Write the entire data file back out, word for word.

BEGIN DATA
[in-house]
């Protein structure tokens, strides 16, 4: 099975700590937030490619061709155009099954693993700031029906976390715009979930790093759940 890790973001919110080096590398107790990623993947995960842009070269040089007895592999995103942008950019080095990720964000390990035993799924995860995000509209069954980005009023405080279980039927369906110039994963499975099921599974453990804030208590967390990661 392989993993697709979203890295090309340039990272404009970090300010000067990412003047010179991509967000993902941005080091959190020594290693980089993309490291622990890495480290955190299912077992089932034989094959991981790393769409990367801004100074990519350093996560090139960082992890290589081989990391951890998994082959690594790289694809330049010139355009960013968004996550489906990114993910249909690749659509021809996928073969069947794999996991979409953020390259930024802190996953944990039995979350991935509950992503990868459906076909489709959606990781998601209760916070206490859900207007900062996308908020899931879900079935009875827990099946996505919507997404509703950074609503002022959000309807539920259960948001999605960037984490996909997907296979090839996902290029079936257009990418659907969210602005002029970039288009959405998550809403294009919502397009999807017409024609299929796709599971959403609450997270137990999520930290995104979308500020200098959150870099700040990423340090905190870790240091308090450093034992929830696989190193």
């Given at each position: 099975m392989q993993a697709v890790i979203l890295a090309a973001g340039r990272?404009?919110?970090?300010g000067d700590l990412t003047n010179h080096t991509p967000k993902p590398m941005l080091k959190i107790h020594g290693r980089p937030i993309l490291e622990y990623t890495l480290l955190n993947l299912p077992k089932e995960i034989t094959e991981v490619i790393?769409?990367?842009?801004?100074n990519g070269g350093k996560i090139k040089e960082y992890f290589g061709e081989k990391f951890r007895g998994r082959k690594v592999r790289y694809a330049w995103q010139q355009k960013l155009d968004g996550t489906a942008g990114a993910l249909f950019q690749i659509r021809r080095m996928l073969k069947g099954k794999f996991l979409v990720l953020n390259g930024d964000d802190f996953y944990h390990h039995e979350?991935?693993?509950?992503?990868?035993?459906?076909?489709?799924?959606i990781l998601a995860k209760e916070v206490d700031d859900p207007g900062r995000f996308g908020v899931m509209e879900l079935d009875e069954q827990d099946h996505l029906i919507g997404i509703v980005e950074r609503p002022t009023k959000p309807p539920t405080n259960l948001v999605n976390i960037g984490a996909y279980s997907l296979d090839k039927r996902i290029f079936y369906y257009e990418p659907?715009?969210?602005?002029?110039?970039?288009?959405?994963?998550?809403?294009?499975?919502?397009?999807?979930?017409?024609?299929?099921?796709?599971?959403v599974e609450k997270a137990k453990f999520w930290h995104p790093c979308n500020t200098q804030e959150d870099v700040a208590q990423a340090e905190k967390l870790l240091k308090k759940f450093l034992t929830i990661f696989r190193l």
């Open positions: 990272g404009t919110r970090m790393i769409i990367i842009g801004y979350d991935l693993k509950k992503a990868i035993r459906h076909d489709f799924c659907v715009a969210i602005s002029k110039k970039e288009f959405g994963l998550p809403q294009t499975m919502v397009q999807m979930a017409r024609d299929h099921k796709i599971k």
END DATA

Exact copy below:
[in-house]
């Protein structure tokens, strides 16, 4: 099975700590937030490619061709155009099954693993700031029906976390715009979930790093759940 890790973001919110080096590398107790990623993947995960842009070269040089007895592999995103942008950019080095990720964000390990035993799924995860995000509209069954980005009023405080279980039927369906110039994963499975099921599974453990804030208590967390990661 392989993993697709979203890295090309340039990272404009970090300010000067990412003047010179991509967000993902941005080091959190020594290693980089993309490291622990890495480290955190299912077992089932034989094959991981790393769409990367801004100074990519350093996560090139960082992890290589081989990391951890998994082959690594790289694809330049010139355009960013968004996550489906990114993910249909690749659509021809996928073969069947794999996991979409953020390259930024802190996953944990039995979350991935509950992503990868459906076909489709959606990781998601209760916070206490859900207007900062996308908020899931879900079935009875827990099946996505919507997404509703950074609503002022959000309807539920259960948001999605960037984490996909997907296979090839996902290029079936257009990418659907969210602005002029970039288009959405998550809403294009919502397009999807017409024609299929796709599971959403609450997270137990999520930290995104979308500020200098959150870099700040990423340090905190870790240091308090450093034992929830696989190193």
């Given at each position: 099975m392989q993993a697709v890790i979203l890295a090309a973001g340039r990272?404009?919110?970090?300010g000067d700590l990412t003047n010179h080096t991509p967000k993902p590398m941005l080091k959190i107790h020594g290693r980089p937030i993309l490291e622990y990623t890495l480290l955190n993947l299912p077992k089932e995960i034989t094959e991981v490619i790393?769409?990367?842009?801004?100074n990519g070269g350093k996560i090139k040089e960082y992890f290589g061709e081989k990391f951890r007895g998994r082959k690594v592999r790289y694809a330049w995103q010139q355009k960013l155009d968004g996550t489906a942008g990114a993910l249909f950019q690749i659509r021809r080095m996928l073969k069947g099954k794999f996991l979409v990720l953020n390259g930024d964000d802190f996953y944990h390990h039995e979350?991935?693993?509950?992503?990868?035993?459906?076909?489709?799924?959606i990781l998601a995860k209760e916070v206490d700031d859900p207007g900062r995000f996308g908020v899931m509209e879900l079935d009875e069954q827990d099946h996505l029906i919507g997404i509703v980005e950074r609503p002022t009023k959000p309807p539920t405080n259960l948001v999605n976390i960037g984490a996909y279980s997907l296979d090839k039927r996902i290029f079936y369906y257009e990418p659907?715009?969210?602005?002029?110039?970039?288009?959405?994963?998550?809403?294009?499975?919502?397009?999807?979930?017409?024609?299929?099921?796709?599971?959403v599974e609450k997270a137990k453990f999520w930290h995104p790093c979308n500020t200098q804030e959150d870099v700040a208590q990423a340090e905190k967390l870790l240091k308090k759940f450093l034992t929830i990661f696989r190193l």
């Open positions: 990272g404009t919110r970090m790393i769409i990367i842009g801004y979350d991935l693993k509950k992503a990868i035993r459906h076909d489709f799924c659907v715009a969210i602005s002029k110039k970039e288009f959405g994963l998550p809403q294009t499975m919502v397009q999807m979930a017409r024609d299929h099921k796709i599971k």